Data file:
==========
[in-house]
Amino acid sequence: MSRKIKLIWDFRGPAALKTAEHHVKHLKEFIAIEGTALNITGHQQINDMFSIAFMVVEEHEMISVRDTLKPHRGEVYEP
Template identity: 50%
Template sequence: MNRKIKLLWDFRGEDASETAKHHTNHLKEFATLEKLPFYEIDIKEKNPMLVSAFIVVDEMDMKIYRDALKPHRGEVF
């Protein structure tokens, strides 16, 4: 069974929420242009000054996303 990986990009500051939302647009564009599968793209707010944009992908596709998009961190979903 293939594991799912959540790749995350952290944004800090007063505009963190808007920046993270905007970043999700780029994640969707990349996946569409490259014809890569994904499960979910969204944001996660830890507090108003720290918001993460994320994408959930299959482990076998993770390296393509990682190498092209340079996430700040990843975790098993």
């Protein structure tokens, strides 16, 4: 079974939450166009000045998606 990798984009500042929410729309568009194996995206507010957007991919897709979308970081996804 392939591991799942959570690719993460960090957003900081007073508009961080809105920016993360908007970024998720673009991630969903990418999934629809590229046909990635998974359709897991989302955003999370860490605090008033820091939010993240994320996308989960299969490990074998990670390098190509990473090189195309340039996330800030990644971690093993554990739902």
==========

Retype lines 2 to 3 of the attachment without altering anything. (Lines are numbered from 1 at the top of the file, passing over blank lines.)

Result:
Amino acid sequence: MSRKIKLIWDFRGPAALKTAEHHVKHLKEFIAIEGTALNITGHQQINDMFSIAFMVVEEHEMISVRDTLKPHRGEVYEP
Template identity: 50%